Are you living with another person as man and wife without having ever gotten around to getting married?
Perhaps living together is reminiscent of your college days from the ’60’s with the thought of free love and being young and free. Perhaps being married makes you feel tied down and you don’t want to ruin a good relationship by having a piece of paper that says you have decided to make a public commitment to each other.
Perhaps you are just not sure if this relationship will last and you and your partner cannot make a decision or even discuss the issue without getting into an argument. Why should you rock the boat with an unpleasant discussion?
Regardless of the reason, if you are in a loving, committed relationship, and you are a federal employee or a retired federal employee, you may be leaving problems behind for your loved ones after you depart this earth if you do not get married.
Here is an example of the problems that can ensue.
Christine Donati and Andre Gabert lived together in New Hampshire. They held themselves out as husband and wife. For whatever reasons they may have had, they never applied for a marriage license or had a ceremonial marriage.
Mr. Gabert was a federal employee with more than 10 years of federal service. After his death, Ms. Donati went to court to be declared the common law wife of the former federal civil servant. As they lived in New Hampshire, the state law is applicable. The relevant statute reads:
“Persons cohabiting and acknowledging each other as husband and wife, and generally reputed to be such, for the period of 3 years, and until the decease of one of them, shall thereafter be deemed to have been legally married.”
Based on this law, the New Hampshire court granted her request.
Ms. Donati then went to the Office of Personnel Management (OPM) in order to start receiving a federal annuity which she believed she was entitled to receive as the wife of the former fed. But, said OPM, she was not entitled to receive the federal pension despite the New Hampshire court ruling declaring her to have been the common law wife of a federal employee. She was not a “widow” within the meaning of the applicable statute because the marriage was not recognized during the life of Mr. Gabert.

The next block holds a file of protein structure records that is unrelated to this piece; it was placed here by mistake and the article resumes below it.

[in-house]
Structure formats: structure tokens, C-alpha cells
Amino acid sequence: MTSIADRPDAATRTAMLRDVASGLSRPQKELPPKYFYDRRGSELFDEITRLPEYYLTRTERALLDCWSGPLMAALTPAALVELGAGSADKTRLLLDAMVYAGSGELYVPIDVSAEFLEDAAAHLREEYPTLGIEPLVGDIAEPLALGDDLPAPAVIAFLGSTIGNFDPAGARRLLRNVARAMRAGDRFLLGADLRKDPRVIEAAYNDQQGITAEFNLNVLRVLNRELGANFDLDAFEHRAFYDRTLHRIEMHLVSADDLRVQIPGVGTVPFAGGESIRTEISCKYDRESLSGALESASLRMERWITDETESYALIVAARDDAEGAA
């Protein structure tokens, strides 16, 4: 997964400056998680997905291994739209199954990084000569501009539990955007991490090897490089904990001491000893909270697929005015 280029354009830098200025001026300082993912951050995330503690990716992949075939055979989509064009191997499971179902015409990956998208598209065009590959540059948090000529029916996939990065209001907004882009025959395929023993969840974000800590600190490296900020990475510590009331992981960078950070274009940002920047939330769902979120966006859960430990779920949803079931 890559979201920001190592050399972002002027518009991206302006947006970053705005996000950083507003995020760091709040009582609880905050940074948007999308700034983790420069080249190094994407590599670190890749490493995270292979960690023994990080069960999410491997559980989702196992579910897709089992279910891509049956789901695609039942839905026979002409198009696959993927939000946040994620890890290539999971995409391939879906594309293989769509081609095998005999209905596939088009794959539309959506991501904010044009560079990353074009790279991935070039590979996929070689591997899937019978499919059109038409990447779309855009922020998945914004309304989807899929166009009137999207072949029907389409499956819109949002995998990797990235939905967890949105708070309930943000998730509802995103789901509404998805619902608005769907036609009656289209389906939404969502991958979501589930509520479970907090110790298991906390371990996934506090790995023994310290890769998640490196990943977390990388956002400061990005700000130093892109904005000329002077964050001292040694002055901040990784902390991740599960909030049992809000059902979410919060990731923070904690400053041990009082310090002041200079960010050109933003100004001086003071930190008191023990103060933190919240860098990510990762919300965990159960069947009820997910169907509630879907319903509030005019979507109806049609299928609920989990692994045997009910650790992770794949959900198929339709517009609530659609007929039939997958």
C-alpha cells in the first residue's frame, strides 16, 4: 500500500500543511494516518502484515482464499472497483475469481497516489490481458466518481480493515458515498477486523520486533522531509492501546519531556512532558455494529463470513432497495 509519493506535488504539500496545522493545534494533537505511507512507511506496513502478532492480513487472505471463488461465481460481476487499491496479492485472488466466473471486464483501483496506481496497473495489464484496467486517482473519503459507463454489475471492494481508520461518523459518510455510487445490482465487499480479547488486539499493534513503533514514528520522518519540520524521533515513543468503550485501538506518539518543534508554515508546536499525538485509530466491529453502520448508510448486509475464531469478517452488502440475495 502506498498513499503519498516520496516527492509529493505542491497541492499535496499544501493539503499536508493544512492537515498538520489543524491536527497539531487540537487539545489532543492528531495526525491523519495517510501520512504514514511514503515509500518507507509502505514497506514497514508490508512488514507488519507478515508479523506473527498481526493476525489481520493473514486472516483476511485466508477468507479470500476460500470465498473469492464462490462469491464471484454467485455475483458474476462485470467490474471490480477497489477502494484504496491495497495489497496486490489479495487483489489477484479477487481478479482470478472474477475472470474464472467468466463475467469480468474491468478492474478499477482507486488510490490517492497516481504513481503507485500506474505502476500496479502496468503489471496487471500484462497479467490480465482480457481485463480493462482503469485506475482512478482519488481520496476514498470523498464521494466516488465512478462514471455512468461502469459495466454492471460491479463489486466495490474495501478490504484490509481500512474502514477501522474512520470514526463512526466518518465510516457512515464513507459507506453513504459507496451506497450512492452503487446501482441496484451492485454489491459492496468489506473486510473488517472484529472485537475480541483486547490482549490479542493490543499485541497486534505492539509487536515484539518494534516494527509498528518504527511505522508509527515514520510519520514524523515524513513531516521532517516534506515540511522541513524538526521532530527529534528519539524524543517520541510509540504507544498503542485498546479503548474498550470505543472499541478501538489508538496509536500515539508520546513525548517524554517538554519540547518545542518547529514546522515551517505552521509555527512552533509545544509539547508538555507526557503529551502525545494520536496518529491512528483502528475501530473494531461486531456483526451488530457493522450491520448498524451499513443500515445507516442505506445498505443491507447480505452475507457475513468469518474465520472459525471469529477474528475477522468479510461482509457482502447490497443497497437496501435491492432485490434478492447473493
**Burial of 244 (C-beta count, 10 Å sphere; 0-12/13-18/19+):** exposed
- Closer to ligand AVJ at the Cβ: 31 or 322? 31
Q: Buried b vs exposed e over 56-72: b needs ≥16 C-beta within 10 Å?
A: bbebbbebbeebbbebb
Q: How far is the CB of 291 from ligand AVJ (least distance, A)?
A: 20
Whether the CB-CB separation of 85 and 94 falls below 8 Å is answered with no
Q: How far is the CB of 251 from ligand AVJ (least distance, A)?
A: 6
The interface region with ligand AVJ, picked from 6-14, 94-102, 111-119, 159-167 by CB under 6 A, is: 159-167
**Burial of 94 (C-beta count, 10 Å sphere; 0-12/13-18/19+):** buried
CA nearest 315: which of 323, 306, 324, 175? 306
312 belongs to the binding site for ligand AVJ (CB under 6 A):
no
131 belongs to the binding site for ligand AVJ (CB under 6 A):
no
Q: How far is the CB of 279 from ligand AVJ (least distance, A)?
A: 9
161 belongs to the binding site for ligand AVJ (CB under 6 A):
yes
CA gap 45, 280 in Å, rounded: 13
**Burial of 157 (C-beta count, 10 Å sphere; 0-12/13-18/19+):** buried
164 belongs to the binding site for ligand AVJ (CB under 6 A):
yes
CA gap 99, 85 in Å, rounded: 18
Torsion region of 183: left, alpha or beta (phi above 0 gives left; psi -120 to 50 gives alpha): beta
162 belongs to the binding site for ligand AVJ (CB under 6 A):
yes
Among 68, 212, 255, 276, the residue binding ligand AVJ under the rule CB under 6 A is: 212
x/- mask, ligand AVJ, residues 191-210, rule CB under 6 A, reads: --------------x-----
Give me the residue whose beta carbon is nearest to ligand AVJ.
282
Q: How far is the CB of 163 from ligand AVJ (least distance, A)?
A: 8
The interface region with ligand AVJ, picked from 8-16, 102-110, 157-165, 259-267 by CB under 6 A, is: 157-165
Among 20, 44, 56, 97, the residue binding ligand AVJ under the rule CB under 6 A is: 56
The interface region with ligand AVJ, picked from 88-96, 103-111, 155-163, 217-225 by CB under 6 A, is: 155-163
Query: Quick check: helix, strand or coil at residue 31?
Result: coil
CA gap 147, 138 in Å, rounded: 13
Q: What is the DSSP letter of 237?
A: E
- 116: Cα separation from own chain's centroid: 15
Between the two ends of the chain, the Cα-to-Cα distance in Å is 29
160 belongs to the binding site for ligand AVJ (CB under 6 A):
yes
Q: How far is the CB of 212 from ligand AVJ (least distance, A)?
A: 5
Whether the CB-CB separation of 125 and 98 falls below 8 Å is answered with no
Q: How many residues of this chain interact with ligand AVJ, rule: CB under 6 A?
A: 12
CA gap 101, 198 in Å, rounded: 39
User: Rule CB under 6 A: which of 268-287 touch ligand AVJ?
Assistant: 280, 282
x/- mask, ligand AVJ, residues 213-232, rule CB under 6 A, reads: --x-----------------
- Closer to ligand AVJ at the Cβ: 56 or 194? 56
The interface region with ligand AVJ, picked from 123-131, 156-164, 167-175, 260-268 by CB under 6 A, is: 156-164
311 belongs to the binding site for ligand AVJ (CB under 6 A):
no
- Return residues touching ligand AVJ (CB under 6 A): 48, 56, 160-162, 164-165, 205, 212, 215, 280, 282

She then filed an appeal of the OPM decision. The administrative judge found the appellant’s entitlement to a survivor benefit to be a “close question” but not close enough to send her the money. The AJ sided with the agency protecting the taxpayer’s funds and concluded that OPM correctly concluded she did not satisfy the statutory criteria for obtaining federal retirement benefits.
Ms. Donati (or Mrs. Gabert) then filed an appeal with the Merit Systems Protection Board (MSPB) to try and win the survivor annuity benefits.
The MSPB was more sympathetic than OPM in hearing her appeal. The MSPB looked on the decision of the New Hampshire’s law as recognizing common law marriage only after death, essentially for inheritance purposes. And, opined the MSPB, a survivor annuity, as a benefit arising only after death, is covered by New Hampshire law for purposes of determining whether the appellant was married to Mr. Gabert.
In short, this was not a “deathbed marriage.” The State of New Hampshire made their marriage legitimate when it concluded Ms. Donati and Mr. Gabert had been married during the 3 years preceding Mr. Gabert’s death.
Therefore, ruled the Board, OPM must grant the survivor annuity benefits within twenty days. (Donati, Christine J. v. Office of Personnel Management, PH-0843-05-0336-I-1 (October 31, 2006).
In summary, a discussion about marriage can be complex and perhaps unpleasant for the two people involved. The time, effort, money, aggravation and distress that undoubtedly ensued in pursuing this case was probably worse than the unpleasant conversation would have been prior to the death of Mr. Gabert and, if he would have wanted his partner to have had the benefit of his federal employment, a less committed person would not have received the benefits after the initial OPM determination.